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Two Chinese karaoke bars told to delete illegally-used songs from databases
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08:06, April 08, 2008

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The copyright administration in southwest China's Yunnan Province on Monday told two karaoke bars to stop copyright infringement on a number of songs in their respective databases or face severe punishment.

It was the first time for a local copyright administration to take such actions against copyright infringement at karaoke bars, which observers said would set a precedent for other provinces.

The Yunnan Provincial Copyright Administration sent two advance notices on administrative punishment to the two bars, namely Kunming Haoledi and Shanshijiudu, ordering them to delete related songs from their databases or face "severe punishment" of deleting the entire catalogue.

The administration investigated the bars after receiving complaints from the China Audio and Video Association (CAVA) and Music Copyright Society of China (MCSC) on Jan. 25.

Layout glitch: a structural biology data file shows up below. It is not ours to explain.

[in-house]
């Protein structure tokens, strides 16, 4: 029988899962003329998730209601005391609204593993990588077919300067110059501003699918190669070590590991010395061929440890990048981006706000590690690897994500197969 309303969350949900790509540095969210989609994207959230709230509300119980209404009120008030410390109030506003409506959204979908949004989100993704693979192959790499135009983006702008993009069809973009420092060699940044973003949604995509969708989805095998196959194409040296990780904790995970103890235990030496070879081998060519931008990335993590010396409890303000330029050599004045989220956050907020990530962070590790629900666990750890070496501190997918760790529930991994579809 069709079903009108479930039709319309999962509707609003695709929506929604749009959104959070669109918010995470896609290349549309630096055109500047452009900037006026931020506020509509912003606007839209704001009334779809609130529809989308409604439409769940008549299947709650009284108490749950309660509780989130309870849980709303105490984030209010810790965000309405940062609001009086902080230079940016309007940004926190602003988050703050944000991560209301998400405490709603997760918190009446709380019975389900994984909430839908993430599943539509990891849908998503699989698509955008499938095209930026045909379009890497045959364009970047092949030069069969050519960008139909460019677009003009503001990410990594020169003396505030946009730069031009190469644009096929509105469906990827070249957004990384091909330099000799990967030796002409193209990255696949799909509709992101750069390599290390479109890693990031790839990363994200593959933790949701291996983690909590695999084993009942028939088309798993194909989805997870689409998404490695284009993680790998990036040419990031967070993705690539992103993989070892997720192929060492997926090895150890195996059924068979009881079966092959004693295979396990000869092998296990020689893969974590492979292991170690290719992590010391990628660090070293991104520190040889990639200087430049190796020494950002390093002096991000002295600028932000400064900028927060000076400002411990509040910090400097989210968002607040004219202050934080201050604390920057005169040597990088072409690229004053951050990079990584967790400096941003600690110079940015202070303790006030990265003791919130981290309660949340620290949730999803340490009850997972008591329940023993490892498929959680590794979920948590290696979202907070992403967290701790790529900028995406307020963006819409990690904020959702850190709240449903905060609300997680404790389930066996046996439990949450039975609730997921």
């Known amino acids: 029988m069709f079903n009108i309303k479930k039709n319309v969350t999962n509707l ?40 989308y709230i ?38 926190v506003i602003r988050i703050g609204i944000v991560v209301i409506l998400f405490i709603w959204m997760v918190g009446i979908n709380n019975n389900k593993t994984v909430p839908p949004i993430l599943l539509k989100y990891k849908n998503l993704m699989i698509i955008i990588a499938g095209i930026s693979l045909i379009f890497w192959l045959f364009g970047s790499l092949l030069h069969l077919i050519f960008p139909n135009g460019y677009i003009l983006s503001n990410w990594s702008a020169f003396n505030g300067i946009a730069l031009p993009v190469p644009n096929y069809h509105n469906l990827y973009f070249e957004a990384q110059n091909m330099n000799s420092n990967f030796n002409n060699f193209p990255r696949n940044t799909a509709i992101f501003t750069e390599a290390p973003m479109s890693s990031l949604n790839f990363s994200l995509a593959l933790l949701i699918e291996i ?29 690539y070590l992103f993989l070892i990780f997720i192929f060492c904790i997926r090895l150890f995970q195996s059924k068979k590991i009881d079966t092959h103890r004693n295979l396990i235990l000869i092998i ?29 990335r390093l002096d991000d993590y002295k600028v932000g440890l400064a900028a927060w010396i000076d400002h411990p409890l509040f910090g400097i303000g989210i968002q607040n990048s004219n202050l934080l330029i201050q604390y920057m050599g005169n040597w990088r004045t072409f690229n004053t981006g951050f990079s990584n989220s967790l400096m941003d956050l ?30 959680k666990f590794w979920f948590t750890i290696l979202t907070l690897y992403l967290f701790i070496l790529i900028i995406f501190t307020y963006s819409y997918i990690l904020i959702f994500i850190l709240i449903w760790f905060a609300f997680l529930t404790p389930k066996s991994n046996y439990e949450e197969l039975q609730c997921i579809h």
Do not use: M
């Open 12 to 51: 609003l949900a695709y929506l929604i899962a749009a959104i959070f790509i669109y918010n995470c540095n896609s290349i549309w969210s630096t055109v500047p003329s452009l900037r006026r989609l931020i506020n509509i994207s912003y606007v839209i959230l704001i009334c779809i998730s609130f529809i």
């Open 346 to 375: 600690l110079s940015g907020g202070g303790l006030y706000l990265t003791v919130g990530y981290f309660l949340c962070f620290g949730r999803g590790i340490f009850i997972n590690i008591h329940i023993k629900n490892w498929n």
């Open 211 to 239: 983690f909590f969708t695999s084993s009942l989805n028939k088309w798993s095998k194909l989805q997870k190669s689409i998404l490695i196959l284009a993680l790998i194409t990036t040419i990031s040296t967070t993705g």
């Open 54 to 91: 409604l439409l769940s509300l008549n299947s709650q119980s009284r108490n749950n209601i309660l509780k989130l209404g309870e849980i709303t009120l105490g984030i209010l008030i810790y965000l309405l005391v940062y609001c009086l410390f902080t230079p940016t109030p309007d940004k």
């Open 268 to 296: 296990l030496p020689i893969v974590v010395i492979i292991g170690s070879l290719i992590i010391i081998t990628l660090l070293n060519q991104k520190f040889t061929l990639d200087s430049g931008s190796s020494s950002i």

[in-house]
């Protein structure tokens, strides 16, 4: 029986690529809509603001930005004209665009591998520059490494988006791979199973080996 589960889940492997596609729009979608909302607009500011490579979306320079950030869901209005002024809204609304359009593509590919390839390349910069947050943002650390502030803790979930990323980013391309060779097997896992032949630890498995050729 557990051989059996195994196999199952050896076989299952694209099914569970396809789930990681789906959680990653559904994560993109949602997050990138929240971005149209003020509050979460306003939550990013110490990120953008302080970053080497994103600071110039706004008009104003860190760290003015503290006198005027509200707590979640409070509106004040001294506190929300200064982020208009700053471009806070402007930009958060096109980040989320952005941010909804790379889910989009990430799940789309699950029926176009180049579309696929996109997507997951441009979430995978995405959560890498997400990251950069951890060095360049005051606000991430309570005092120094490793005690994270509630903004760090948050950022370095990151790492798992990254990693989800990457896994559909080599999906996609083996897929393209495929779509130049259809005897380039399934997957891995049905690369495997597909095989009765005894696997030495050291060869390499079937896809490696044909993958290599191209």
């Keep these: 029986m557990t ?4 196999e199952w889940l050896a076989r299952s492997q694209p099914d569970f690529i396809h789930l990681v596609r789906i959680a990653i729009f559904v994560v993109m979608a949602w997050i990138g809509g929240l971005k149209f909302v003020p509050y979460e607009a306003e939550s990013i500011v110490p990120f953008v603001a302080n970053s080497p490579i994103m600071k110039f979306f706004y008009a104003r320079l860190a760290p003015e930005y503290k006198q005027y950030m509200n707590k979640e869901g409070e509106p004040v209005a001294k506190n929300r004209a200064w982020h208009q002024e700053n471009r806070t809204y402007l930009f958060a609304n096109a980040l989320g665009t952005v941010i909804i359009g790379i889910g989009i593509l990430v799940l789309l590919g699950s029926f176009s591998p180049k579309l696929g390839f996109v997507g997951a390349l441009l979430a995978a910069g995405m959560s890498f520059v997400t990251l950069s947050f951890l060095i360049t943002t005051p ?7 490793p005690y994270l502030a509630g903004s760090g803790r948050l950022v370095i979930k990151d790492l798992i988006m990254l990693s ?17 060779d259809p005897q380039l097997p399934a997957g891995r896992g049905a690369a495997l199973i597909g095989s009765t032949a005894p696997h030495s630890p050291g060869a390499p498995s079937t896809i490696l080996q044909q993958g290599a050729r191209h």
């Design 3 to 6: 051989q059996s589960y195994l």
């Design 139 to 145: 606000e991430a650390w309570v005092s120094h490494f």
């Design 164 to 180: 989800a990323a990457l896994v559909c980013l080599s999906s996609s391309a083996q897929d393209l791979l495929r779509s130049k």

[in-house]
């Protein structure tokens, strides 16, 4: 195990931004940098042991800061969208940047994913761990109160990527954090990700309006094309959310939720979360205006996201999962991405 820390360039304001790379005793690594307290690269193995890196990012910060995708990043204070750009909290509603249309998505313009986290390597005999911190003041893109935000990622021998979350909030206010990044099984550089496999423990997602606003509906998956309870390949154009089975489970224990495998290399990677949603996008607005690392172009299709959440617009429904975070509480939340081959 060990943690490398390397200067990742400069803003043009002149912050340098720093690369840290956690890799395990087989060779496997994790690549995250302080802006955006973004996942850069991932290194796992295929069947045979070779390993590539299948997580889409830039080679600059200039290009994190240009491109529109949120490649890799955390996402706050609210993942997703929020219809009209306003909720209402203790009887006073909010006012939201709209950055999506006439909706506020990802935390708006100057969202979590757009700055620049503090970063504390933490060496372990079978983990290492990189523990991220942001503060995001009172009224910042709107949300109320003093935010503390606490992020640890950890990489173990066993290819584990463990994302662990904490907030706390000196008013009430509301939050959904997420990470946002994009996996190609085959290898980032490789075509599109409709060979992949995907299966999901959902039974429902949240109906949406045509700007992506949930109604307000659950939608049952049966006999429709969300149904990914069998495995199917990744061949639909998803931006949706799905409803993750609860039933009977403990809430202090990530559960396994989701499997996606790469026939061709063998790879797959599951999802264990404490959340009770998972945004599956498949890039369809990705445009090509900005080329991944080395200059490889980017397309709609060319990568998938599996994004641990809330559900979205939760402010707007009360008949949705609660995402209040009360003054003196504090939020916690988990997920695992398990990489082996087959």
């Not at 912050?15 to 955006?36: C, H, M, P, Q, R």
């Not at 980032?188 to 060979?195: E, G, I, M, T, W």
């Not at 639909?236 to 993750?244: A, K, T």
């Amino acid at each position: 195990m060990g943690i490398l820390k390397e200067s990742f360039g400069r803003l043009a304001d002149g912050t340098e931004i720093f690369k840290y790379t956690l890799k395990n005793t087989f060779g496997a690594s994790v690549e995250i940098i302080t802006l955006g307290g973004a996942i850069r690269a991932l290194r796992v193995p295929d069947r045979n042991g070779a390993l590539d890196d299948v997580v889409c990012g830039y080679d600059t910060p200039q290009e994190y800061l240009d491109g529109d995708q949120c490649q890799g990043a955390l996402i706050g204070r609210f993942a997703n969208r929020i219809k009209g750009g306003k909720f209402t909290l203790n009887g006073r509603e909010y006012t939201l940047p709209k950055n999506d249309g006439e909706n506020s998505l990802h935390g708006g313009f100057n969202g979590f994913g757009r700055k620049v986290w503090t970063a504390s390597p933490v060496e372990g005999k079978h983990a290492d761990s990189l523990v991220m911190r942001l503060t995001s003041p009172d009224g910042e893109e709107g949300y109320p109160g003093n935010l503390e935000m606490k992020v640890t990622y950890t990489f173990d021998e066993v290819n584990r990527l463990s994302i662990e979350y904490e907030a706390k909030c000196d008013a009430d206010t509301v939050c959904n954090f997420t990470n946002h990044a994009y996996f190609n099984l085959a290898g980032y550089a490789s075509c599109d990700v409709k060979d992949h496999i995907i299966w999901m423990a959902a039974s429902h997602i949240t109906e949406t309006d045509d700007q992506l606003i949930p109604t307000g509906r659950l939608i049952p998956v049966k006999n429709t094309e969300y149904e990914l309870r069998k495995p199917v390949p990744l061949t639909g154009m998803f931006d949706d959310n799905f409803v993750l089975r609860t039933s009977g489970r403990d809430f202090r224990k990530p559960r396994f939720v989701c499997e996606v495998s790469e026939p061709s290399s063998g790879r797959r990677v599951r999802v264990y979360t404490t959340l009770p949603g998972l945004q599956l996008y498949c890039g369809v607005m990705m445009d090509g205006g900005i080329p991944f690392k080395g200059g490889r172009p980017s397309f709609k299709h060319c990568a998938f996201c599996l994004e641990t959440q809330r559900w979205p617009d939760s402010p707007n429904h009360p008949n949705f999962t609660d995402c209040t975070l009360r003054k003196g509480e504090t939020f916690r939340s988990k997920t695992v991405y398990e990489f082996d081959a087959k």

Zhang Yanhui, a spokesman for both CAVA and MCSC in Yunnan, said the organizations had evidence that Haoledi bars in other cities were also using illegally music and music videos. They planned to take further measures against the chain of bars.

Through 2007, 15 provinces and municipalities, including Beijing, Guangdong and Jiangsu, had agreed to collect karaoke copyright royalties. The practice was spreading nationwide, according to the CAVA and MCSC.

Nearly half of Yunnan's more than 200 karaoke bars have paid copyright royalties to date.

Karaoke operators must pay a daily charge of 12 yuan (1.70 U.S. dollars) for each karaoke room -- less in the underdeveloped regions -- for the use of musical and video products, according to a National Copyright Administration notice from Nov. 2006.

It is estimated that China's nearly 100,000 karaoke establishments -- each with an average of 10 private rooms -- generated almost one billion yuan in turnover annually.


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